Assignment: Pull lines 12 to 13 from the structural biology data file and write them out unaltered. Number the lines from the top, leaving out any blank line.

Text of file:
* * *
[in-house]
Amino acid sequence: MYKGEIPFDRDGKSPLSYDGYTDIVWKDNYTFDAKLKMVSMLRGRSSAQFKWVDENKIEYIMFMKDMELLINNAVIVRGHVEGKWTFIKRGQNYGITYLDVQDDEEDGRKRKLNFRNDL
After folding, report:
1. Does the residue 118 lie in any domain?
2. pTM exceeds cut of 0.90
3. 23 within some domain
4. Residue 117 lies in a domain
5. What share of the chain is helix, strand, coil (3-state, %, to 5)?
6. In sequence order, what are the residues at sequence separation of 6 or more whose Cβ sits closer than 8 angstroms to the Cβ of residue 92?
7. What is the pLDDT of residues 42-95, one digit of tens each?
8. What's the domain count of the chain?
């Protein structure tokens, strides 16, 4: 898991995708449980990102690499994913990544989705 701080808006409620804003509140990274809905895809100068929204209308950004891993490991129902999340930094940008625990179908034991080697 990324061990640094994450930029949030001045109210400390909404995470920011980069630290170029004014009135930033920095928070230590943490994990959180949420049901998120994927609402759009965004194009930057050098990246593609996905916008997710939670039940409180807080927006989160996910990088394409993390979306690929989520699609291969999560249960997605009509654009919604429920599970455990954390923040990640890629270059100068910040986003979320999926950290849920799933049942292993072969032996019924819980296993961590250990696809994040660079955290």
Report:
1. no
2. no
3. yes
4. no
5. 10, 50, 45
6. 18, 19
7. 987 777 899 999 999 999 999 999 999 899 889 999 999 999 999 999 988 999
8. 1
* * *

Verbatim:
């Protein structure tokens, strides 16, 4: 898991995708449980990102690499994913990544989705 701080808006409620804003509140990274809905895809100068929204209308950004891993490991129902999340930094940008625990179908034991080697 990324061990640094994450930029949030001045109210400390909404995470920011980069630290170029004014009135930033920095928070230590943490994990959180949420049901998120994927609402759009965004194009930057050098990246593609996905916008997710939670039940409180807080927006989160996910990088394409993390979306690929989520699609291969999560249960997605009509654009919604429920599970455990954390923040990640890629270059100068910040986003979320999926950290849920799933049942292993072969032996019924819980296993961590250990696809994040660079955290």
Report: